For Immediate Release
May 24, 2013
The Council of Canadians is expressing solidarity with communities who are fighting proposals to frack on the West Coast of Newfoundland, including near the boundaries of Gros Morne National Park. The United Nations Educational, Scientific and Cultural Organization (UNESCO) recently announced that the park could be de-listed as a World Heritage site because of these onshore-to-offshore projects to frack for oil.
Black Spruce Exploration and Shoal Point Energy Ltd. have submitted plans that include fracking to the Canada-Newfoundland and Labrador Offshore Petroleum Board, but have yet to apply for a drilling permit with the Newfoundland and Labrador government. The companies plan to explore for oil and gas by drilling down on land and then horizontally under the Bay of St. Lawrence in the Port au Port / St. George’s Bay area, Sally’s Cove / Rocky Harbour and several other communities along the West Coast.
“We are alarmed that these companies have plans to frack within kilometres of Gros Morne National Park,” says Ken Kavanagh of the Council of Canadians’ St. John’s chapter. “It’s not just about Gros Morne, though. Communities all along the West Coast are getting informed and organizing to stop the proposed fracking projects from moving forward.”
“Opposition to fracking projects in the Atlantic region has been gaining momentum. Once people learn about all of the concerns and unanswered questions about hydraulic fracturing, they don’t want it in their communities,” says Angela Giles, Atlantic Regional Organizer with the Council of Canadians.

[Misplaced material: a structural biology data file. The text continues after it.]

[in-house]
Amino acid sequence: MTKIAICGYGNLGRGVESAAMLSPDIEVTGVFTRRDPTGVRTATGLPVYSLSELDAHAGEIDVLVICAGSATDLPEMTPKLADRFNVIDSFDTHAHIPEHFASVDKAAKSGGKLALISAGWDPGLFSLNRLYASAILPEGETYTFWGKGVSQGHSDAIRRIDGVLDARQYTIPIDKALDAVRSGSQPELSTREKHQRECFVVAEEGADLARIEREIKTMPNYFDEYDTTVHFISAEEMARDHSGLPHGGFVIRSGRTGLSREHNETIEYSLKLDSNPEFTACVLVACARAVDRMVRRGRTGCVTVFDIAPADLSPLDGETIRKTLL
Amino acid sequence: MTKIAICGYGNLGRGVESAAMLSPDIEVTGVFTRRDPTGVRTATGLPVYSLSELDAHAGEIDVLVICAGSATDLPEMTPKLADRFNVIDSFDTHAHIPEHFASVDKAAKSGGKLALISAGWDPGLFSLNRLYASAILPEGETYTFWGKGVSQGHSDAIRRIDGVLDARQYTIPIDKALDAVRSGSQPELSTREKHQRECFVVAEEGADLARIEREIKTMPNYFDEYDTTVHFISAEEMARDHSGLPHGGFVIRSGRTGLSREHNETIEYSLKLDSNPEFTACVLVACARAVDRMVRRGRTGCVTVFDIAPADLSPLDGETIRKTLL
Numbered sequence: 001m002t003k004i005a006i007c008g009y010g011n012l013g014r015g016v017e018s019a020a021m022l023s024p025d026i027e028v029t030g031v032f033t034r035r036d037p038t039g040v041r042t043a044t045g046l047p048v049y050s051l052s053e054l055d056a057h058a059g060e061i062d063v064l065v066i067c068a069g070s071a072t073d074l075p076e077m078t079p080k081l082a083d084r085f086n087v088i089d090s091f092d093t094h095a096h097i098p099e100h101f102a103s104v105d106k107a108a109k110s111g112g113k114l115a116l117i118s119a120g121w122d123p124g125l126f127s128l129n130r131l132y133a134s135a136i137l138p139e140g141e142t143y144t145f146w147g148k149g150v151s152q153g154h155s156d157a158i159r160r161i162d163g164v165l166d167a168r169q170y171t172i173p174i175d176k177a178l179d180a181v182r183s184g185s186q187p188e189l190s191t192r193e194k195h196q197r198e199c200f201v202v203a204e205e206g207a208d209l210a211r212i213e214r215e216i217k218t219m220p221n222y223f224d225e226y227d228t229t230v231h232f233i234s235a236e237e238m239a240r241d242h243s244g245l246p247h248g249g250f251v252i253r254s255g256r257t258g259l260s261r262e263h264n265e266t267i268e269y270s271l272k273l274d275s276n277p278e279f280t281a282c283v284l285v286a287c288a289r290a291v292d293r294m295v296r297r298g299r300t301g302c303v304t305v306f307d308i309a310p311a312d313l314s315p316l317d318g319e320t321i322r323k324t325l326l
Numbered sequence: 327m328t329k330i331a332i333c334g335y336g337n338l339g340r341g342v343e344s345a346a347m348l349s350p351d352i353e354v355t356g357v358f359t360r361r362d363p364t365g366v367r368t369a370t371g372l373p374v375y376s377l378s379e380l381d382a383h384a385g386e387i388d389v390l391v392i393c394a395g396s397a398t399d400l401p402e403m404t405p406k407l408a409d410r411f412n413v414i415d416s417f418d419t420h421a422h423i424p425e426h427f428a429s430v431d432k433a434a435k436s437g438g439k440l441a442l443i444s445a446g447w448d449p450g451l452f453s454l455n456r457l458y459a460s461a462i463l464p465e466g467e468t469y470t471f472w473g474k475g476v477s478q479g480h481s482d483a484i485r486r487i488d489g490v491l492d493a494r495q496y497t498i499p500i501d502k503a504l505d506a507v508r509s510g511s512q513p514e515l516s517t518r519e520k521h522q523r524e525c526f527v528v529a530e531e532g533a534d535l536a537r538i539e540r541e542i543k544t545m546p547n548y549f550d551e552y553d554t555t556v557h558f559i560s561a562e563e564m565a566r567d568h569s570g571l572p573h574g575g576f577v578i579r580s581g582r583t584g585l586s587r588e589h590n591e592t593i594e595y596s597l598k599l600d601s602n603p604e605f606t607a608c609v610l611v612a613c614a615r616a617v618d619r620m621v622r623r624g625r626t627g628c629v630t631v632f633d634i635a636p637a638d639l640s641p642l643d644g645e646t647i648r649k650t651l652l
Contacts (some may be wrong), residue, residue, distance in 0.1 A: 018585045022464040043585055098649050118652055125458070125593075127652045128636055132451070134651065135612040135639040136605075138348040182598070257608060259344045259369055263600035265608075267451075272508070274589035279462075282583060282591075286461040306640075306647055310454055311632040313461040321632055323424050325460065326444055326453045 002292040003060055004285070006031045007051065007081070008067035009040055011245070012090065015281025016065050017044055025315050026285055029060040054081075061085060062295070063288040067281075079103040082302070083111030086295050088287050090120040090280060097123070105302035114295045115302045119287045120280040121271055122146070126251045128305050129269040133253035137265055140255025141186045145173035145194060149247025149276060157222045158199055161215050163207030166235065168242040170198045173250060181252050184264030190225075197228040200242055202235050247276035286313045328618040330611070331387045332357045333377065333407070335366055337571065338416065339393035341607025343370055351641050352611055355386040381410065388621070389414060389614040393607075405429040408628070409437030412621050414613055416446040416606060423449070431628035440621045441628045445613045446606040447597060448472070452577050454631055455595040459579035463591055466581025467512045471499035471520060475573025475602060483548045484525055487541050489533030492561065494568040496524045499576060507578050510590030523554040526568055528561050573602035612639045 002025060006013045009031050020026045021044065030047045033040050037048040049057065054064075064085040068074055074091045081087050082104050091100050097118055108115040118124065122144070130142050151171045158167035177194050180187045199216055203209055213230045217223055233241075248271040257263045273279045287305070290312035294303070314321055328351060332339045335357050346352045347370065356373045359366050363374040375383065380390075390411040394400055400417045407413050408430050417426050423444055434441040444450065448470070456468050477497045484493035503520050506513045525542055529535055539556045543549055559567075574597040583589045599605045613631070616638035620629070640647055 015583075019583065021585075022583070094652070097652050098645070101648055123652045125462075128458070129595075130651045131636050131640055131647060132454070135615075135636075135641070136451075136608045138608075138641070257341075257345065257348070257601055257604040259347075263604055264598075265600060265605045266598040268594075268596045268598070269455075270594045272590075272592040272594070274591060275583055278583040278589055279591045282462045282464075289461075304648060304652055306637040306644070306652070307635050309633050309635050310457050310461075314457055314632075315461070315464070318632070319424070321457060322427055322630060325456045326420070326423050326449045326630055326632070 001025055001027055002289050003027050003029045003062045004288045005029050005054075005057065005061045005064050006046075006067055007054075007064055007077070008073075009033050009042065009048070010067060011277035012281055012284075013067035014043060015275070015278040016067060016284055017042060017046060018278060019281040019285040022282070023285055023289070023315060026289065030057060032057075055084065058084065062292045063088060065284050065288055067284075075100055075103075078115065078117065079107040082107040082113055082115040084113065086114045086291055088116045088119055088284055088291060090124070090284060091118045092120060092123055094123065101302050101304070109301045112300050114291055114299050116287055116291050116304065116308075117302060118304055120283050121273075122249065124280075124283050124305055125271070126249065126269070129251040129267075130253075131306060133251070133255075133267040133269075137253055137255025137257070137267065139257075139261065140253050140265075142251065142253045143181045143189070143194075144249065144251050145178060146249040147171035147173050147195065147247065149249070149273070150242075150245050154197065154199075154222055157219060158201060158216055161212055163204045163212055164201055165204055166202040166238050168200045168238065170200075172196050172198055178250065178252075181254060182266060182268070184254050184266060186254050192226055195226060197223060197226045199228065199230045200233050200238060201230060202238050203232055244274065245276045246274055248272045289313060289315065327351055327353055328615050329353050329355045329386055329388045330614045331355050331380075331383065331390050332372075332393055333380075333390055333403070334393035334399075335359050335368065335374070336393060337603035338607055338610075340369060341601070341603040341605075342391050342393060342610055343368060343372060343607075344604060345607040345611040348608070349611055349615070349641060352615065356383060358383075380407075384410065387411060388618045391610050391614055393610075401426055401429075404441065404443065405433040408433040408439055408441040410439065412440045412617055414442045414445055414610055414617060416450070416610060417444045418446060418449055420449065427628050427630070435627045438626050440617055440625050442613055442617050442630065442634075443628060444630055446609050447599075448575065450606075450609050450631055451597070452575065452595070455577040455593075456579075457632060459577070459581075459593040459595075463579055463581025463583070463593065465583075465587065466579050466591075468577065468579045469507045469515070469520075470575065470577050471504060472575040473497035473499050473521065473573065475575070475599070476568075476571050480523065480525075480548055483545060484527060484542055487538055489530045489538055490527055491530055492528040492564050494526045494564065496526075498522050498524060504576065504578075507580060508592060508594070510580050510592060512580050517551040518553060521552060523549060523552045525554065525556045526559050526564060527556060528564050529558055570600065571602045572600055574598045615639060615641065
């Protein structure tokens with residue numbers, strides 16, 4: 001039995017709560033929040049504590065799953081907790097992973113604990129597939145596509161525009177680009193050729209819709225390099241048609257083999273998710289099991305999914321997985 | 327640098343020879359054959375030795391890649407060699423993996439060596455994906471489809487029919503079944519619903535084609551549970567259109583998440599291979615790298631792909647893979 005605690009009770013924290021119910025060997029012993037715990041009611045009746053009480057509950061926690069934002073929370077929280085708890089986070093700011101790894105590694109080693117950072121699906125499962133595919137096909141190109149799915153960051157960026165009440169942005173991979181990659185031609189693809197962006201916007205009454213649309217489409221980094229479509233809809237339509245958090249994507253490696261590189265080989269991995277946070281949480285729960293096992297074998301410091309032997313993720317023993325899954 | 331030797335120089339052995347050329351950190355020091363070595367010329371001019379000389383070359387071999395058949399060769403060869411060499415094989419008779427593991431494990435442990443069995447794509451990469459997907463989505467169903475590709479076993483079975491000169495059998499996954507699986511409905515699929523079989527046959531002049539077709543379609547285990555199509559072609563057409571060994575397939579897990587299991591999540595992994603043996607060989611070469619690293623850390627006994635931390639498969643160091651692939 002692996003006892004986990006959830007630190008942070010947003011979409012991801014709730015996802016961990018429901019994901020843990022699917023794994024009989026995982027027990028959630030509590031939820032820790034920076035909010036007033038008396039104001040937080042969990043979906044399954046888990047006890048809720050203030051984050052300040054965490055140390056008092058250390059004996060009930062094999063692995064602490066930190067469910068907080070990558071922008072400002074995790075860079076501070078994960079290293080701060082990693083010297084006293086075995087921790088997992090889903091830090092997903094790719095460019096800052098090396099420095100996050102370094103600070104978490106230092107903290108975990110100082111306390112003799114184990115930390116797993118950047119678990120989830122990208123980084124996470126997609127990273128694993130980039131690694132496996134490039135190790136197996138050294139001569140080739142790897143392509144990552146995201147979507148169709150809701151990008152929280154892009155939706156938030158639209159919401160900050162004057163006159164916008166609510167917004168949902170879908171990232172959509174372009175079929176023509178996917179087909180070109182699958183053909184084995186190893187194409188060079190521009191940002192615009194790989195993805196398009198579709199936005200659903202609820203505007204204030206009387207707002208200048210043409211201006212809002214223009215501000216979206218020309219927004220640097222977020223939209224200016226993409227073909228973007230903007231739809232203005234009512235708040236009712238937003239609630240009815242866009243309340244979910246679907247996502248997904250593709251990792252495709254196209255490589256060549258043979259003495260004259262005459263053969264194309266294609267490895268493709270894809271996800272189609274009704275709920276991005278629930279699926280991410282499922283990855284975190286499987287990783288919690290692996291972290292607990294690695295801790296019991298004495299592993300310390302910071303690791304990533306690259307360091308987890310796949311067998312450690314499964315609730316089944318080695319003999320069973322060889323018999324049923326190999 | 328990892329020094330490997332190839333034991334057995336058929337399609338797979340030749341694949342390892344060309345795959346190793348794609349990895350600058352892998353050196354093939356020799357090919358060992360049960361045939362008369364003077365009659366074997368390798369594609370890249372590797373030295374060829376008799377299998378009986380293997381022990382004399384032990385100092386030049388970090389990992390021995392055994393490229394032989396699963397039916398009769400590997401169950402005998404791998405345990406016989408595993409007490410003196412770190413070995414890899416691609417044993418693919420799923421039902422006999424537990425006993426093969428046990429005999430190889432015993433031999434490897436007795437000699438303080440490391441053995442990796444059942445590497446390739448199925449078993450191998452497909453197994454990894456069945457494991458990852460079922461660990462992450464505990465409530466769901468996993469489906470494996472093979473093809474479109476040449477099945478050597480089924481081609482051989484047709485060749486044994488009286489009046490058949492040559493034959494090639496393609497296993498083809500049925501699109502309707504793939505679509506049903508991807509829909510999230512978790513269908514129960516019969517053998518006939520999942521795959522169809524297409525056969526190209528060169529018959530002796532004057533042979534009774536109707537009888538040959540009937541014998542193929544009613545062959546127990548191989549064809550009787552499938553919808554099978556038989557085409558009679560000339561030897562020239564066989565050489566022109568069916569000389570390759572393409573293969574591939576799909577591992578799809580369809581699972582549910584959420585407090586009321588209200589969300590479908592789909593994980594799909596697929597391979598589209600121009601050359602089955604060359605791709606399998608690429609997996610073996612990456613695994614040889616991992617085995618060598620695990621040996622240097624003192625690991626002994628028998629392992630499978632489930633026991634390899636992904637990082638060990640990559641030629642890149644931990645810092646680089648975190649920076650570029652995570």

UNESCO has also said it will be keeping tabs on the environmental review process related to the fracking projects. Council of Canadians chairperson Maude Barlow, a past special adviser on water issues to the president of the UN General Assembly, says, “Fracking poses a serious threat to water and undoubtedly a former Chevron executive heading the regulatory board will not go unnoticed by UNESCO.” Barlow adds, “Gros Morne is a national treasure that must be protected.”
The Council of Canadians is calling for a ban on fracking in Newfoundland and Labrador, and is working in solidarity with several community groups on the West Coast of Newfoundland.
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